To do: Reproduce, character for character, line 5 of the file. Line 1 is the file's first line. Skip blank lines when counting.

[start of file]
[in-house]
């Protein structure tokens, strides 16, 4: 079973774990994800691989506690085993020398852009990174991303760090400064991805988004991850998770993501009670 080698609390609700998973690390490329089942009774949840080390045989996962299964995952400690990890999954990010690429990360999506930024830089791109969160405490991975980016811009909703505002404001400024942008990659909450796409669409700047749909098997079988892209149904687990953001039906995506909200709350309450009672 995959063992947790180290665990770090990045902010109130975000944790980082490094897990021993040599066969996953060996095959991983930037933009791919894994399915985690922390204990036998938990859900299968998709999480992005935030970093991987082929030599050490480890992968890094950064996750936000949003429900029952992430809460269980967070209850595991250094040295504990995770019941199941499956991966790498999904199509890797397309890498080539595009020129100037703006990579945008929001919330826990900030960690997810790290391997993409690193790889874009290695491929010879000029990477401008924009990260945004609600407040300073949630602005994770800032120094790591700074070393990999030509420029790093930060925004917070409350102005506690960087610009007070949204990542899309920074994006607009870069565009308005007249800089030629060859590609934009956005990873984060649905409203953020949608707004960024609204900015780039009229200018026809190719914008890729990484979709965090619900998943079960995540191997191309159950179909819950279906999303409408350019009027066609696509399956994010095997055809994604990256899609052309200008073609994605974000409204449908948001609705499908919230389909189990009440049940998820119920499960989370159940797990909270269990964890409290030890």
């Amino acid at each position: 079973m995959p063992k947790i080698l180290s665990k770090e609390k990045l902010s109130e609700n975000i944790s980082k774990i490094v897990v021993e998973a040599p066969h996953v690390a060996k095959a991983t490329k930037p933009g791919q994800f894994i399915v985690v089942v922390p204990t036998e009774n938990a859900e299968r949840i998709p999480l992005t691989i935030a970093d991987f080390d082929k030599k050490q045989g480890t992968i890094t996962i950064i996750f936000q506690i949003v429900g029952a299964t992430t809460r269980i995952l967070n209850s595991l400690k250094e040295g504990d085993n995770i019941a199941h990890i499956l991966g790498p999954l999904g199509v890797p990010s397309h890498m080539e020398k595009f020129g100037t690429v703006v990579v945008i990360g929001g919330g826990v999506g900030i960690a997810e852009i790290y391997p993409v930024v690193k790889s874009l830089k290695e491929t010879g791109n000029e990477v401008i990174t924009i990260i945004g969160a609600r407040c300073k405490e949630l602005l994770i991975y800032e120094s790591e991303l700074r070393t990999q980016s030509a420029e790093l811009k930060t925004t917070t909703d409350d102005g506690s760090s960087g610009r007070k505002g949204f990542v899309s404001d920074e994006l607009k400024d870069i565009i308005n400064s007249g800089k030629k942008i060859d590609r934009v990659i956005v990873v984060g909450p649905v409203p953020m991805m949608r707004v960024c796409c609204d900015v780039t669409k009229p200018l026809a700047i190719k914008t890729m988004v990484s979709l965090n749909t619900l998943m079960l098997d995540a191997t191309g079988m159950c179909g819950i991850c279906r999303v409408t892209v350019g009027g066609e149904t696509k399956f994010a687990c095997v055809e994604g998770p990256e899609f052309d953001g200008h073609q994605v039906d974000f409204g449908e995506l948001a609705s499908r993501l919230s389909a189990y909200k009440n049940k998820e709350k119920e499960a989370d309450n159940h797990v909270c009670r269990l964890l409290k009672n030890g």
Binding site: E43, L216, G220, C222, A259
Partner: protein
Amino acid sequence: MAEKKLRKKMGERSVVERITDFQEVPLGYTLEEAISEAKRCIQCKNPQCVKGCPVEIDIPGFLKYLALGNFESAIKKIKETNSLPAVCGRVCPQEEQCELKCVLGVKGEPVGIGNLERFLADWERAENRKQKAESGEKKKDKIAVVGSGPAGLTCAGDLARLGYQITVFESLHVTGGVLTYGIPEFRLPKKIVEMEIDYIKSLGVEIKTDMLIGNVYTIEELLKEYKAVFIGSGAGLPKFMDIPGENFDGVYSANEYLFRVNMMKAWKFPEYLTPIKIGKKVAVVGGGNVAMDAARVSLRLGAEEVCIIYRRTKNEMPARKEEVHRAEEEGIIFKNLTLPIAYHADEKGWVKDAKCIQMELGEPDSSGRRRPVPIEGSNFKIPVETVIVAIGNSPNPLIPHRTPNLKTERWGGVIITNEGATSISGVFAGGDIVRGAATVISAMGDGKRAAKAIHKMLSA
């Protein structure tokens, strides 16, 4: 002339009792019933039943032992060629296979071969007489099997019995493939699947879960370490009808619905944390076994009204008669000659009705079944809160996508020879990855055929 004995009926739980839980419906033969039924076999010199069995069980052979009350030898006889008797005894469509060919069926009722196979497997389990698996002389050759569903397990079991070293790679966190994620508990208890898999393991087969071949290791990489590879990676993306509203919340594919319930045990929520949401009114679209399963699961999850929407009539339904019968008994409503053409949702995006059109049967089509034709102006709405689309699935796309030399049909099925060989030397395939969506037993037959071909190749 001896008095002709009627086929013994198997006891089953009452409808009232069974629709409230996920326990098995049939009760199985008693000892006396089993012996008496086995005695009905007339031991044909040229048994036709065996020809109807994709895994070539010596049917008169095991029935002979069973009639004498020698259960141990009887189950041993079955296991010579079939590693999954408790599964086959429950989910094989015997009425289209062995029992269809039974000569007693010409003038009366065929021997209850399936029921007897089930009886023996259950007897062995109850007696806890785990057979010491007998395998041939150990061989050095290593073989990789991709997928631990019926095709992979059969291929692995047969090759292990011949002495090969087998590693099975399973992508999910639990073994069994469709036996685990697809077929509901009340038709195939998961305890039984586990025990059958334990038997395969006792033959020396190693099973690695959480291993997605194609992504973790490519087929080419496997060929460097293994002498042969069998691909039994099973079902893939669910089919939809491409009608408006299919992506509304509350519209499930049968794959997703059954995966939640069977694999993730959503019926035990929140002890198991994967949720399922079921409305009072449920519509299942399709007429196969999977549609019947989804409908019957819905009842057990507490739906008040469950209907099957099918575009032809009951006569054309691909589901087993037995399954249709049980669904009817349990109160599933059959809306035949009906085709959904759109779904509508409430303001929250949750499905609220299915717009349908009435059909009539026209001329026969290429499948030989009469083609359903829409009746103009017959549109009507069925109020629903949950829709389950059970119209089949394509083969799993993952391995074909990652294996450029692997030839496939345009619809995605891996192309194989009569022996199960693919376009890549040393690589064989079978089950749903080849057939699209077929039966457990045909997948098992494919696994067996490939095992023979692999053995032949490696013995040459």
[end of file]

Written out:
Partner: protein